This question is at the heart of debate on a recent report from the Institute for Clinical and Economic Review, or ICER. The drug price watchdog has deemed new treatments for tardive dyskinesia, a movement disorder associated with the long-term use of antipsychotics to treat mental illness, to be too expensive. In a 133-page draft report, ICER concludes that valbenazine and deutetrabenazine, known as VMAT2 inhibitors, “far exceeded commonly utilized cost-effectiveness thresholds.”
But does the report put economics above patients’ needs?
In a letter to ICER, the Institute for Patient Access outlined four overarching concerns:
The report doesn’t account for patients’ improved adherence to their antipsychotic medication.
Patients sometimes attempt to stop their tardive dyskinesia symptoms by discontinuing the medication for their underlying mental illness. The move leads to poor health outcomes.Better controlling tardive dyskinesia could encourage patients to adhere to their antipsychotic medications, which IfPA’s letter characterized as a “fundamental benefit” of treatment. ICER’s report, however, does not account for this benefit because the treatments being evaluated have not been available long enough to generate sufficient clinical data on the topic.
The cost-effectiveness model is biased against VMAT 2 inhibitors.
Research suggests that the quality-adjusted-life-year metric, which ICER uses, places treatments for mental health and other qualitative conditions at a disadvantage.Moreover, cost-effectiveness calculations may be inherently flawed at evaluating drugs for relatively small patient populations, such as that for tardive dyskinesia. The fewer the patients, the higher the cost per patient, IfPA’s letter notes.
There is an association between tardive dyskinesia and mental illness severity.
Patients with tardive dyskinesia have been documented as experiencing more severe mental illness than those without, IfPA explains. Yet “the draft report does not adequately discuss, let alone quantify [better controlling severe mental illness] as a benefit.”
ICER assumes that there is no association between tardive dyskinesia and increased mortality.
ICER states that tardive dyskinesia does “not have a direct effect on mortality.” Yet two studies have suggested a link between the disease and mortality rates. While the link is not universally demonstrated, IfPA’s letter suggests that ICER should have at least acknowledged and addressed existing research on the issue.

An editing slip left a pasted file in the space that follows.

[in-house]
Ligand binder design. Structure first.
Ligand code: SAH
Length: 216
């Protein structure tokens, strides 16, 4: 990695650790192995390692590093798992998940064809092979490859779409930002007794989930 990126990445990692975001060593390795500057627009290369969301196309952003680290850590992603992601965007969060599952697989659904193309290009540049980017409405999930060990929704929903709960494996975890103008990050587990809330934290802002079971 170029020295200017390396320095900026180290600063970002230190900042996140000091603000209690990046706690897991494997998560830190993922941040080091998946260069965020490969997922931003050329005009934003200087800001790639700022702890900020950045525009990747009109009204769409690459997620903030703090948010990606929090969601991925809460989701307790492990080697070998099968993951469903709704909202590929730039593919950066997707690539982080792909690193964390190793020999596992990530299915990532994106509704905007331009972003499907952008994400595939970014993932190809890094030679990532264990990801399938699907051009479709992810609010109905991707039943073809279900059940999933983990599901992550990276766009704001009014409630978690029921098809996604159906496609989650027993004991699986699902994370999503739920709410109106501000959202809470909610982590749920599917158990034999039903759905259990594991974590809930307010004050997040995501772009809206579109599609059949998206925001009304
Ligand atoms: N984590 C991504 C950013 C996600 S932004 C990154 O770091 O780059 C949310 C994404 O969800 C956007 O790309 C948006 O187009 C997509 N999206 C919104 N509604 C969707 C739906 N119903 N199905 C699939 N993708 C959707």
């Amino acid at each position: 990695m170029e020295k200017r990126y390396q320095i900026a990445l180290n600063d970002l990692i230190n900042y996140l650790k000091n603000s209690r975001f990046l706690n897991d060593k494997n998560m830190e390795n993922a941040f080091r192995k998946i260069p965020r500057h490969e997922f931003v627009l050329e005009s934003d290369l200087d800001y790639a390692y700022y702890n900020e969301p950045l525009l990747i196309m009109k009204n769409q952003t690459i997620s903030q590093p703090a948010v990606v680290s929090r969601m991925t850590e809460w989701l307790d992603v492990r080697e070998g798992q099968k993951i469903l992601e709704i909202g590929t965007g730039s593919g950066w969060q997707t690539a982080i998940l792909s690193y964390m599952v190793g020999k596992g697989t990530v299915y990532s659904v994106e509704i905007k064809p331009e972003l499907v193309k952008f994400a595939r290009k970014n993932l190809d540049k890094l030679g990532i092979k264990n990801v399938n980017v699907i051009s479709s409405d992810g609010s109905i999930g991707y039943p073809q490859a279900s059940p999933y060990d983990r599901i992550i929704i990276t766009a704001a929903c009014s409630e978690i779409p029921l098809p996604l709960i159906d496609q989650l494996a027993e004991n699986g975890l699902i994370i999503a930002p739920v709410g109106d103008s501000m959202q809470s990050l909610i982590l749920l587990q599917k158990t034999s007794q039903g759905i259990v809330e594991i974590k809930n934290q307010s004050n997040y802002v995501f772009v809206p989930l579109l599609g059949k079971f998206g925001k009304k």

And these issues are not limited to the tardive dyskinesia report. IfPA’s letter to ICER also called out several “concerning trends” across the organization’s reports, noting:
…ICER repeatedly attempts to evaluate the cost-effectiveness of a therapy before all the necessary data is available. Such was the case with ICER’s draft report on therapies for atopic dermatitis, which were not even priced and publicly available when ICER completed its analysis. Timing is once again a factor in the data available for assessing TD therapies’ cost-effectiveness…
Another recurring concern is whether cost-effectiveness studies and the QALY metric in particular are appropriate and accurate for diseases that are inherently qualitative… Treatments for some disease states simply do not lend themselves to economic number crunching.
Finally, despite ICER’s laudable efforts to engage patients and advocacy groups, the framework used to evaluate these patients’ therapies has no meaningful way to incorporate their insights.
IfPA also published a one-pager summarizing its concerns about the report.
Several other organizations also weighed in. In an October 30 letter, the Movement Disorders Policy Coalition noted that it “respects the need for payers to balance limited dollars with treatment value, but it is critical to consider more than just the bottom line. TD patients and caregivers understand the value of reduced stigma and improved quality of life.” The National Alliance on Mental Illness also commented on the report.
ICER reports can inform health plan coverage, potentially justifying insurers in reducing access to drugs that the organization determines to be too expensive. The impact on patient access could be significant, especially for diseases with few viable treatments option, like tardive dyskinesia.
ICER’ final report is scheduled for publication on December 21.